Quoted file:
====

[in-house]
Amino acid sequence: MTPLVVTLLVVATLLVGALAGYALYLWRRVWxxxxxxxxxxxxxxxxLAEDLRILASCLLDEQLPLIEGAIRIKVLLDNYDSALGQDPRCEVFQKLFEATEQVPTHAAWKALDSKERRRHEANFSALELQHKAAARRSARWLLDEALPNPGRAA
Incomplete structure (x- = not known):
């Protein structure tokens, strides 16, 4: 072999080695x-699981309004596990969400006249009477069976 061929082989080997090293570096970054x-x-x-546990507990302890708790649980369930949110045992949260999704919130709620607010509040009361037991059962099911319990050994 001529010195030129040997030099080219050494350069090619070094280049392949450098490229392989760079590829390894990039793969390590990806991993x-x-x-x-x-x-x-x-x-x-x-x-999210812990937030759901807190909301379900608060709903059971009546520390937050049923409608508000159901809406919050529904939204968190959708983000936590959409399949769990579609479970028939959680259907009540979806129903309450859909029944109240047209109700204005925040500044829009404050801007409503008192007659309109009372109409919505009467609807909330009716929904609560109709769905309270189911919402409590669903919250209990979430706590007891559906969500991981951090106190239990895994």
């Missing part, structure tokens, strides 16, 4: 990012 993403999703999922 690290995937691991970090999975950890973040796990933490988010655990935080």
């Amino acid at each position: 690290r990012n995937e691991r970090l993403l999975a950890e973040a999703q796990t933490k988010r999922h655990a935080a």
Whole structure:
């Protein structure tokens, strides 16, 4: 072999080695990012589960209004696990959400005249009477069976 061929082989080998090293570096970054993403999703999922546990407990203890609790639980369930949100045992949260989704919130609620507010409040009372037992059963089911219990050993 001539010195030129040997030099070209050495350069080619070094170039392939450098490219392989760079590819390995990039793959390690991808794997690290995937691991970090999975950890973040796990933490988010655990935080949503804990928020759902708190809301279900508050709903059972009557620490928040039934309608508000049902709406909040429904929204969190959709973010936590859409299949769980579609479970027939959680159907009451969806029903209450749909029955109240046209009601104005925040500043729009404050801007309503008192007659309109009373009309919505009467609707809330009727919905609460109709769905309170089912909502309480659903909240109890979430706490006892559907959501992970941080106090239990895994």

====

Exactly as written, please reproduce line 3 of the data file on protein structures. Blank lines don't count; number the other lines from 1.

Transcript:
Incomplete structure (x- = not known):